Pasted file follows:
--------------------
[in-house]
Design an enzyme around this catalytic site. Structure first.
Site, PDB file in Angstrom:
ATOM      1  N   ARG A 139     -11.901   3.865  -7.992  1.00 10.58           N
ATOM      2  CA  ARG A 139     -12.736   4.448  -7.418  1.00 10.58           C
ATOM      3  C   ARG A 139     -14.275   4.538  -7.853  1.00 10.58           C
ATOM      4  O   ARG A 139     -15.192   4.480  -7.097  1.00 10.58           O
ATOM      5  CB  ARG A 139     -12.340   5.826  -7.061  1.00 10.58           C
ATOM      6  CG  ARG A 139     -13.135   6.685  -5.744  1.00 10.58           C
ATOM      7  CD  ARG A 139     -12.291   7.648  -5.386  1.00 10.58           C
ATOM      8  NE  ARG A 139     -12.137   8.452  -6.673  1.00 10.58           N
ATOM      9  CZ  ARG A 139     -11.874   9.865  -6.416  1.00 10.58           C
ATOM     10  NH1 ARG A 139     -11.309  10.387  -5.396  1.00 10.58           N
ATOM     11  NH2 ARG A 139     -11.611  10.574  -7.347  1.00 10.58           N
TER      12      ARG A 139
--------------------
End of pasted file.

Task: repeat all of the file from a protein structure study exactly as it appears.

[in-house]
Design an enzyme around this catalytic site. Structure first.
Site, PDB file in Angstrom:
ATOM      1  N   ARG A 139     -11.901   3.865  -7.992  1.00 10.58           N
ATOM      2  CA  ARG A 139     -12.736   4.448  -7.418  1.00 10.58           C
ATOM      3  C   ARG A 139     -14.275   4.538  -7.853  1.00 10.58           C
ATOM      4  O   ARG A 139     -15.192   4.480  -7.097  1.00 10.58           O
ATOM      5  CB  ARG A 139     -12.340   5.826  -7.061  1.00 10.58           C
ATOM      6  CG  ARG A 139     -13.135   6.685  -5.744  1.00 10.58           C
ATOM      7  CD  ARG A 139     -12.291   7.648  -5.386  1.00 10.58           C
ATOM      8  NE  ARG A 139     -12.137   8.452  -6.673  1.00 10.58           N
ATOM      9  CZ  ARG A 139     -11.874   9.865  -6.416  1.00 10.58           C
ATOM     10  NH1 ARG A 139     -11.309  10.387  -5.396  1.00 10.58           N
ATOM     11  NH2 ARG A 139     -11.611  10.574  -7.347  1.00 10.58           N
TER      12      ARG A 139